April 17th, 2013 - Jill Ettinger
A new report released by the Environmental Working Group finds an alarming amount of the meat sold in U.S. supermarkets and restaurants contain high levels of antibiotic-resistant bacteria.
Read More:Report Finds High Levels of Antibiotic-Resistant Bacteria in Meat
August 3rd, 2012 - Jill Ettinger
A new report released by the Government Accountability Office finds measures to reduce outbreaks of serious foodborne illnesses in the U.S. are not meeting the nation’s safety goals, and the systems employed to catch and prevent outbreaks are in need of significant strengthening.
Read More:Food Poisoning Risks on the Rise, Cites New Research
July 14th, 2012 - Jill Ettinger
Infectious E. coli strains that have become resistant to antibiotics are being linked to a rise in hard-to-treat urinary tract infections, reports The Atlantic.
Read More:Got A Urinary Tract Infection? Thank Antibiotic-Resistant Chickens
January 1st, 2012 - Jill Ettinger
Reducing food waste is a critical responsibility not to be dismissed by any individual or industry, but concerns over ammonia-treated low-quality beef otherwise used as dog food and winding up in burger meat is sounding major alarms for food activists and concerned consumers. Credit Jamie Oliver, the host of “The Food Revolution” for speaking out [...]
Read More:Where’s the Dog Food? In Your Hamburger
September 26th, 2011 - Jill Ettinger
Three Peruvian children between the ages of six and ten died earlier this month and 50 more became seriously ill after eating food donated by a school nutrition program that was contaminated with high levels of a toxic pesticide.
Read More:Pesticides and Bacteria Cause More Than a Dozen Recent Food-Related Deaths
June 25th, 2011 - Jill Ettinger
The U.S. Department of Agriculture is expected to announce a proposed new rule—the Animal Disease Traceability system—that would mandate livestock animal tracking through ID tagging. The agency has proposed similar rules in the past—beginning in the early 1990s and again in 2003 after 3 cases of “mad cow disease,” bovine spongiform encephalopathy (BSE) were discovered in the U.S.
Read More:Will the USDA’s New Livestock Tagging Really Prevent Disease?
September 17th, 2010 - Barbara Feiner
If you’re planning to dine out, this story is about to ruin your day.
British researchers have found that more than half of the cleaning cloths used in restaurants and takeout kitchens contained alarming levels of bacteria—sure signs of poor hygiene and cross-contamination.
These cloths must be frequently changed or disinfected to halt bacterial growth that could cause food poisoning, according to the research team at the United Kingdom’s Health Protection Agency. Failure to do so means bacteria can spread from the cloths to foodservice workers’ hands, as well as work surfaces and equipment.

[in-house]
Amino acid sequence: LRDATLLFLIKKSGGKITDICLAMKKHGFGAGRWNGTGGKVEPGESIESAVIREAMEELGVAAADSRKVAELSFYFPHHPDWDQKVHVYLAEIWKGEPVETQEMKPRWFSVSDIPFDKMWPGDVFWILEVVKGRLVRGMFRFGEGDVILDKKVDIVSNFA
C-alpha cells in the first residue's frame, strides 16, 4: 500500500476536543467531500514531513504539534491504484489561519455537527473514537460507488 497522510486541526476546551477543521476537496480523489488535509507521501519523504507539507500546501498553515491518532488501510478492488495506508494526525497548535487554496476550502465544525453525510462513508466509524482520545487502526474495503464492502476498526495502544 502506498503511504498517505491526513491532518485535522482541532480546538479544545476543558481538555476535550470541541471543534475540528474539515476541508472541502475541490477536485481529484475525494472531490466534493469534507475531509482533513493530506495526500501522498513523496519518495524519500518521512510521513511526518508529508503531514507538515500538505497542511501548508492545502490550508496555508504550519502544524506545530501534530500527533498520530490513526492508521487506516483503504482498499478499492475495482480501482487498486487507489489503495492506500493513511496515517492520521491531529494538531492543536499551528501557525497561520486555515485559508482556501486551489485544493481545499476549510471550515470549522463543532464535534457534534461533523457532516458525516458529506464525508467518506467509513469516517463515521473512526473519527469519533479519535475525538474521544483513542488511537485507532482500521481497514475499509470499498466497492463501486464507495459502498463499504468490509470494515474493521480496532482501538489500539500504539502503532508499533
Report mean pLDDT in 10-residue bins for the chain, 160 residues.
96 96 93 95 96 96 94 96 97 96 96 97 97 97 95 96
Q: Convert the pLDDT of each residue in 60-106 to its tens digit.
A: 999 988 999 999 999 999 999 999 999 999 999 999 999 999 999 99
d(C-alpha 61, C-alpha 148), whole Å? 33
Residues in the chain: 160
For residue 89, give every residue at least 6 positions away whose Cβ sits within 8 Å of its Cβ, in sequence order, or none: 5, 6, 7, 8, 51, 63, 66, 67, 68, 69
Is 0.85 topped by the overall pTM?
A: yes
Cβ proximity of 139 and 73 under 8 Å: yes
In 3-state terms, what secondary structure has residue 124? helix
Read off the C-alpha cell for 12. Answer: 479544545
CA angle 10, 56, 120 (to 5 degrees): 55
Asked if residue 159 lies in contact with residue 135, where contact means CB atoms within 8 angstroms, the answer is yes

Read More:Dirty Restaurant Dish Cloths May Sicken Us
August 29th, 2010 - Barbara Feiner
Cover enough salmonella or E. coli outbreaks, and you become intimately familiar with the “T” word: traceback.
The term refers to the process federal inspectors use to determine exactly where contamination occurred in the food supply chain.
Recent recalls highlight the critical need for an effective product tracing system, according to the Institute of Food Technologists (IFT), a Chicago-based organization that represents food scientists and related professionals.
Read More:Product Tracing Needed to Protect Us from Foodborne Illnesses
August 28th, 2010 - Barbara Feiner
About 8,500 pounds of ground beef have been recalled by Wyalusing, PA-based Cargill Meat Solutions Corp.
This is an E. coli-related Class I recall, which designates “a health hazard situation where there is a reasonable probability that the use of the product will cause serious, adverse health consequences or death.”
This isn’t Cargill’s first time at the recall rodeo. As I reported in November, the company was forced to recall 5,522 pounds of beef tongues because workers neglected to remove tonsils—a violation of both USDA regulations and my personal “ick” meter.
Read More:New Ground Beef Recall; More Eggs Join List
August 8th, 2010 - Barbara Feiner
Modesto, Calif.-based Valley Meat Co. is recalling approximately 1 million pounds of frozen ground beef patties and bulk ground beef products that may be contaminated with E. coli.
This is a U.S. Department of Agriculture Class 1 recall, which indicates “a health hazard situation where there is a reasonable probability that the use of the product will cause serious, adverse health consequences or death.”
Affected products are listed here. At press time, seven individuals have become ill.
As I reported in October, eating ground beef is still considered a “gamble.”
Read More:New Recall: 1 Million Pounds of Ground Beef